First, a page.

MySQL offers a variety of data types to its users, including float and decimal data types. Let's have a look at the main differences between the float and decimal data types in MySQL.


To hold definite numeric values, DECIMAL data types are used.

This type is also known as "Fixed-Point" or "Exact Value" Types and is typically used when precision points with exact values are required, such as when storing financial data such as item costs.

NUMERIC is executed as DECIMAL in MySQL.

Example: Its type is DECIMAL(4,2), indicating that there are two decimals inside four digits. This number can be stored in it: 66.76 not in 666.74

This type can be queried in the same way as any other numeric field. Here's how to do it:

CREATE TABLE DemoDecimal (
BookName varchar(255)
    BookPrice DECIMAL (4, 2),

INSERT INTO DemoDecimal (BookName,BookPrice) VALUES ('SQL PROGRAMMING',10.05);

SELECT BookName,BookPrice

In above example we cannot store the value Which exceeds the precision and scale specified in the column definition:

Output: The output of above 4 digit example is

BookName BookPrice

SQL FLOAT Datatype

Conflict can result in floating-point numbers being summarised rather than saved as precise values. The internal representation of a SQL statement may not be the same as a floating-point value written in a SQL statement.

Attempts to treat floating-point numbers in correlations as correct may cause problems. They are also affected by the stage of execution conditions.

These flaws have an impact on the FLOAT and DOUBLE data types.

To define columns, variables, and parameters that store floating-point integers, use the SQL Server FLOAT data type.

Numbers with no set decimal place are referred to be floating point.

When working with scientific values, SQL FLOAT is a good option.


Even if 2.50 is a FLOAT , you may notice that the number isn't exactly recorded in memory as 2.50. Instead, the number output may be 2.499999.

When comparing values with FLOAT, it can be a little challengiang because the internal representation may be inaccurate by one decimal place.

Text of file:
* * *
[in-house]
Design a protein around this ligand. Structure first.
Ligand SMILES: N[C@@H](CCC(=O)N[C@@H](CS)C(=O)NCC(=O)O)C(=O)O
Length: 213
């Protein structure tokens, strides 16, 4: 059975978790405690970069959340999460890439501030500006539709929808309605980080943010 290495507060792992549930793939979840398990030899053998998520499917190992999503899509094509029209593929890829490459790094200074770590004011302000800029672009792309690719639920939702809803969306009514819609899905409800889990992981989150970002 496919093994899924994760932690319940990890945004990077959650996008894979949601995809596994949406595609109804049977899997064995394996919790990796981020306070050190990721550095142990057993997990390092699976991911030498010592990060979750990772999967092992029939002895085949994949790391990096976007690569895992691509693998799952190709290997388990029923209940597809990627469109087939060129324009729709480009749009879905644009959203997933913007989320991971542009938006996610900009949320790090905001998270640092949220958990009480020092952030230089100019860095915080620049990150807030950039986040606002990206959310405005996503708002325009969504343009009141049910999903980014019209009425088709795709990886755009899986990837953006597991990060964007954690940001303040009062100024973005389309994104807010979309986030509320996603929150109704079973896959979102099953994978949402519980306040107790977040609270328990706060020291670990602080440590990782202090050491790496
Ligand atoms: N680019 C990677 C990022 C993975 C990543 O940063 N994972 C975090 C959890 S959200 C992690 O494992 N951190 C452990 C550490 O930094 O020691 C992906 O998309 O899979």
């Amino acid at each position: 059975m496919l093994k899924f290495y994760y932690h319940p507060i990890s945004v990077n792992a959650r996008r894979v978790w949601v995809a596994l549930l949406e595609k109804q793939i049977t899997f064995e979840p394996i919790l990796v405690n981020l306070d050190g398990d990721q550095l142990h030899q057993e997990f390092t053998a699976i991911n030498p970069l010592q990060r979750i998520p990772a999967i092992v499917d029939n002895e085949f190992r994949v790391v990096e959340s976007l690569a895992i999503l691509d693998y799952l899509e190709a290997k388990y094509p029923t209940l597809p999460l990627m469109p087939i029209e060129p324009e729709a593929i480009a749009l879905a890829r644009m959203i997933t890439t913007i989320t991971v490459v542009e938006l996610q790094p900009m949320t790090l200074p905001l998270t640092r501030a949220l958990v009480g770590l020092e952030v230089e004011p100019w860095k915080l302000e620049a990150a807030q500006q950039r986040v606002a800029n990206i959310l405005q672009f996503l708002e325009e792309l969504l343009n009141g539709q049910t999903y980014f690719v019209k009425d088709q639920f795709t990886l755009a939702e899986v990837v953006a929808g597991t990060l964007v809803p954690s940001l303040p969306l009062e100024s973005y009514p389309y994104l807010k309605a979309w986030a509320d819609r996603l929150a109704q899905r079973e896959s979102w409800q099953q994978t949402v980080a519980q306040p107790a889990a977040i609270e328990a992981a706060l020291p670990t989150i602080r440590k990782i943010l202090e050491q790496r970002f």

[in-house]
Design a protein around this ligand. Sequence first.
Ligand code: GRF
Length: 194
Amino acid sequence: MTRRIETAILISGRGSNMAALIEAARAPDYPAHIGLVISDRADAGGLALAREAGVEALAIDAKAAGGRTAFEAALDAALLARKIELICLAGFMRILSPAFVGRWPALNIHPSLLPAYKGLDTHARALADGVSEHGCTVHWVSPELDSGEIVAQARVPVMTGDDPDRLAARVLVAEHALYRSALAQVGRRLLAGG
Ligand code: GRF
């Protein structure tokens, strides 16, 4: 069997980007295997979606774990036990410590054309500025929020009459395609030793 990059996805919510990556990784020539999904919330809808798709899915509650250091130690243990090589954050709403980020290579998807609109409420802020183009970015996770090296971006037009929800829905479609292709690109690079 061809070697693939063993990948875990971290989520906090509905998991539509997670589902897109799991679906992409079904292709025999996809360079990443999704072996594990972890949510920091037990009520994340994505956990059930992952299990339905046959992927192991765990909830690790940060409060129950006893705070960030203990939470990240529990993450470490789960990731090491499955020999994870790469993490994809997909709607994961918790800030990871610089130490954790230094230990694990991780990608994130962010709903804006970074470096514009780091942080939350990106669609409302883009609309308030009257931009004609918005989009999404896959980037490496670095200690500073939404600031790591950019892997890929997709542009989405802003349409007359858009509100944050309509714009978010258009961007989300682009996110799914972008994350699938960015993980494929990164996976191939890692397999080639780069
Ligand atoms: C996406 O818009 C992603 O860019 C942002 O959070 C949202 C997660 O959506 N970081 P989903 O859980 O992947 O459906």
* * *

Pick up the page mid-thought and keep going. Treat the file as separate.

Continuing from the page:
SQL Difference Between DECIMAL And FLOAT Datatype

In below table we discuss the contrast between decimal & float datatype:-

We can save the exact and equal precision point in decimal data type. The approximate precision point is stored using float data types.
The decimal place's position is fixed. The decimal place's position is not set.
You can manage up to 38 digits of precision (including the decimal points) Capable of handling large amounts of data
We can perform such adjustments with the decimal data type. After the decimal point, we can make adjustments to the floating-point number.
When compared to the float, the results are more accurate. Arithmetic operations can lead to precision loss.
It necessitates extra storage spe. Doesn't demand as much storage space
Precision points are required in the decimal data format. For example, decimal precision points should be used for 25.32 and 45.364. The precision point does not need to be defined in the float data type. When we use the float data type to hold the 6 digits, it may store values between 25.32 and 43.365.
The range of decimal data types equates to one byte by default. The floating data type's default range is 24 places.
We can use 128-bit floating-point data type in decimal data type. A single-precision floating data type is one that uses the 32-bit floating-point data type.
Because the result is exact, you can utilise equality tests (= &> operators), number rounding, and so on. As long as the outcome does not exceed the maximum and minimum values allowed. Avoid float equality checks (= &> operators), number rounding, and so on. Also, avoid utilising them in applications that require precision, such as financial applications.
The value will be rounded to the scale s if the input value of DECIMAL contains more digits after the decimal point than the scale s. SQL Server will throw an overflow error if the input value of FLOAT(n) is too large, causing the exponential component to exceed the positive limit.
SQL Server will throw an overflow error if the input value of DECIMAL has more digits before the decimal point than p-s. SQL Server will give you an under-flow error if the input value of FLOAT(n) is too little the exponential component exceeds the negative limit.